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MonkeyNotes-Far From the Madding Crowd by Thomas Hardy
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Chapter 46

Appropriately, on the night of Fanny's burial, it rains heavily. Because of the heavy rainfall, a steady stream of water flows from the gargoyles on the church. From one gargoyle the stream flows directly on Fanny's grave and washes away all the flowers planted there by Troy. On waking, Troy is shocked to see the damage caused by the rainwater. Fate is against his performance of his duty as Fanny's lover. He curses his bad luck, walks away from the churchyard, and leaves Weatherbury.

With good reason, Bathsheba has not slept soundly during the night. Liddy informs Bathsheba that her husband has left Weatherbury and has been seen on the road to Budmouth. At Liddy's suggestion, Bathsheba visits Fanny's grave, which is in that part of the cemetery meant for sinners. Bathsheba spies Gabriel standing at Fanny's grave. His eyes are fixed on the inscription on the tombstone: "Erected by Francis Troy in beloved memory of Fanny Robin." Gabriel watches to see Bathsheba's reaction to the tombstone. She is remarkably calm. In fact, she asks Gabriel to fill in the hole made by the stream of water, and she replants the flowers. She also asks Gabriel to ask the church to redirect the flow of water from Fanny's grave. Before she leaves, she cleans the tombstone.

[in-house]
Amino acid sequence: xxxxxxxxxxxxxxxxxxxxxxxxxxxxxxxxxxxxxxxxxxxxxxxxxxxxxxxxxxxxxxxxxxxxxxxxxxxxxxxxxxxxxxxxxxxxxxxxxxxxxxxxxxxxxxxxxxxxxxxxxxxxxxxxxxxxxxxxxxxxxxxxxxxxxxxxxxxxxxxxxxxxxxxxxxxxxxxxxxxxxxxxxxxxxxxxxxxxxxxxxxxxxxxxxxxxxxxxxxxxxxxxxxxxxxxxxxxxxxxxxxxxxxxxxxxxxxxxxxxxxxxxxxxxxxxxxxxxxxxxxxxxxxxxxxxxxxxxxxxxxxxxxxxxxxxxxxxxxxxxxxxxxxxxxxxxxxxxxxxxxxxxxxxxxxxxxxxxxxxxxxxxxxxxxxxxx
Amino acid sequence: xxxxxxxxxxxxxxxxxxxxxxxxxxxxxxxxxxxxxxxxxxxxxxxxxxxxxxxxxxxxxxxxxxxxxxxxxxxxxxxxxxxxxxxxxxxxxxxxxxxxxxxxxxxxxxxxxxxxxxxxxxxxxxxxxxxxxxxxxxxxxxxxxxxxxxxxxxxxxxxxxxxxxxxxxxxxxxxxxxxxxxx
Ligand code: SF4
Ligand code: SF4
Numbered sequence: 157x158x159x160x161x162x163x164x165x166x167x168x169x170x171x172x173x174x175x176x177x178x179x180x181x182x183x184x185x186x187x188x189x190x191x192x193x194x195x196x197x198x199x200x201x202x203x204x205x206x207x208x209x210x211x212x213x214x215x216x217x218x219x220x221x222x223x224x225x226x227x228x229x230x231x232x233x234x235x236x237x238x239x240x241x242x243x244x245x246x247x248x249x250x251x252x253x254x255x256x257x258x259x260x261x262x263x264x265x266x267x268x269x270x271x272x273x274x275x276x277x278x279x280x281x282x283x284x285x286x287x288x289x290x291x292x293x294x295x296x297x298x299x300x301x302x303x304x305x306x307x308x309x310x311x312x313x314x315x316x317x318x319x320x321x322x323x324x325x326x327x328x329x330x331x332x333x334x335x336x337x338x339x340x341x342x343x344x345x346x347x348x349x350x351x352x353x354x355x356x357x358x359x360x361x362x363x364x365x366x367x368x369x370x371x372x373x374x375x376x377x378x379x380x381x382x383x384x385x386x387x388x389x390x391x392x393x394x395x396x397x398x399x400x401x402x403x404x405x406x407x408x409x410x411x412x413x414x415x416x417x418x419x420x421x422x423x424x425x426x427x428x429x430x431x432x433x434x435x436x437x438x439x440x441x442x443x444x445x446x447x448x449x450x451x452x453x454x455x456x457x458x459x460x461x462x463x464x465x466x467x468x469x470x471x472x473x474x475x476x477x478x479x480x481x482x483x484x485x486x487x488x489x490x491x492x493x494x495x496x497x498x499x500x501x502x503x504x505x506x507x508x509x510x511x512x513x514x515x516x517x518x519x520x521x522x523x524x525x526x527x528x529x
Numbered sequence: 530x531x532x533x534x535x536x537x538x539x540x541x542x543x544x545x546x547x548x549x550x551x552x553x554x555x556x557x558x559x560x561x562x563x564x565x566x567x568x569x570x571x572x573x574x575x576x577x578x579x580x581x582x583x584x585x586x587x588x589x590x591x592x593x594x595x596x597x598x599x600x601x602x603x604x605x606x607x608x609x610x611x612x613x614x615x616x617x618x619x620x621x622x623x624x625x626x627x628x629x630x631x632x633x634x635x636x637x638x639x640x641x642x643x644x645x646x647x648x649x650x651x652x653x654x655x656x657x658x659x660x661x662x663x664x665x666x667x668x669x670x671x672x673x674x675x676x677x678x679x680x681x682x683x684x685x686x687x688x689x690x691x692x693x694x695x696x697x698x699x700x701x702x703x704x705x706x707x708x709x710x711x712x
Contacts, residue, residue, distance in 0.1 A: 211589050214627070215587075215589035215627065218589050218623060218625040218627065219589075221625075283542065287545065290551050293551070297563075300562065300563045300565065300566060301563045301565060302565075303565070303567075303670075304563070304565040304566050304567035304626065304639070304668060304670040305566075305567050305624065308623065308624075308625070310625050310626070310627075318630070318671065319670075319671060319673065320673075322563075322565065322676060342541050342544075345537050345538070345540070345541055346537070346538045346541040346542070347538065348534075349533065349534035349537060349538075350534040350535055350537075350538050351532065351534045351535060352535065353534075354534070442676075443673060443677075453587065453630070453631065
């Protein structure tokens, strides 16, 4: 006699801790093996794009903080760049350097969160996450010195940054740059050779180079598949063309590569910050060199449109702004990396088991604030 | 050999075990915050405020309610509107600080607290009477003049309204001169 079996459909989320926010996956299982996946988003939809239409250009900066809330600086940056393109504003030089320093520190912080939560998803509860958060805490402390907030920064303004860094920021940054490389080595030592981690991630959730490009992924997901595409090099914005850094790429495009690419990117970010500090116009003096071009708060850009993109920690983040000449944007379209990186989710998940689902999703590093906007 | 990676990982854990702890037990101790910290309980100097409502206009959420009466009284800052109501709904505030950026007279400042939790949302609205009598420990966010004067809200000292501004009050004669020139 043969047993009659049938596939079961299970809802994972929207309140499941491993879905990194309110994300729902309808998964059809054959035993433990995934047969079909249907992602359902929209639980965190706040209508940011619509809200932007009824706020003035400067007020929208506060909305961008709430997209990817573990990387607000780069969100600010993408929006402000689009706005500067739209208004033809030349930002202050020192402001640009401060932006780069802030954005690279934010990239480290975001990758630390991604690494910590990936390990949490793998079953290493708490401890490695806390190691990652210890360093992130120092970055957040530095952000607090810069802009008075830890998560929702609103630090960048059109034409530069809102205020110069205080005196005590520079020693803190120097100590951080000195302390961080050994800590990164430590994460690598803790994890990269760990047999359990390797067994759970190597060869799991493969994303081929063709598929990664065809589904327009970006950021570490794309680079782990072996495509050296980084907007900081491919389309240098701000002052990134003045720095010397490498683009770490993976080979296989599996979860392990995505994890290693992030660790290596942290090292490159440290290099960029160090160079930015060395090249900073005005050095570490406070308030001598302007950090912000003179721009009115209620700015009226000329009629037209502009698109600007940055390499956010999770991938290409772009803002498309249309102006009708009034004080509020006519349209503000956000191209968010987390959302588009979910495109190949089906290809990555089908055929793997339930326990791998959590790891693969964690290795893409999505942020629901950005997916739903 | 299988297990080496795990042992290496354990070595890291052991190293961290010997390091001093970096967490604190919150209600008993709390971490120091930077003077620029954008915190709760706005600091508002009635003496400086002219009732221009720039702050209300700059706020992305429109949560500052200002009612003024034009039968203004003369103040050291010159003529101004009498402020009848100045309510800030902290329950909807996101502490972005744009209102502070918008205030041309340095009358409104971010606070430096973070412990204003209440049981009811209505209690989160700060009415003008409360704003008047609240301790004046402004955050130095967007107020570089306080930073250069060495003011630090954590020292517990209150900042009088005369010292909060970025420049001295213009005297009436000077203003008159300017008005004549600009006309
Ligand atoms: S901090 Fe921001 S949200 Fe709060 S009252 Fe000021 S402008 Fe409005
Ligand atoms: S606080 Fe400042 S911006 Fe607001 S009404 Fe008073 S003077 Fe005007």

Notes

By now emotional shocks have become normal parts of Bathsheba's life. However, she exercises a remarkable self-restraint in this chapter. When she sees Gabriel at Fanny's grave and reads the inscription, she remains calm, signifying her new maturity and self-control. When she replants the flowers and cleans the tombstone, they are acts of acceptance and resignation.

Everything that Troy touches seems to be ruined. He is indirectly responsible for Fanny's death; he is directly responsible for Bathsheba's misery. Even the flowers he plants on Fanny's grave are washed away by the rain. In immaturity and with inability to face up to the truth, Troy flees from Weatherbury without telling anyone he is leaving. That Troy is a coward is clearly developed in this chapter. He lacks courage to face Bathsheba after putting the inscription on Fanny's grave.

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MonkeyNotes-Far From the Madding Crowd by Thomas Hardy

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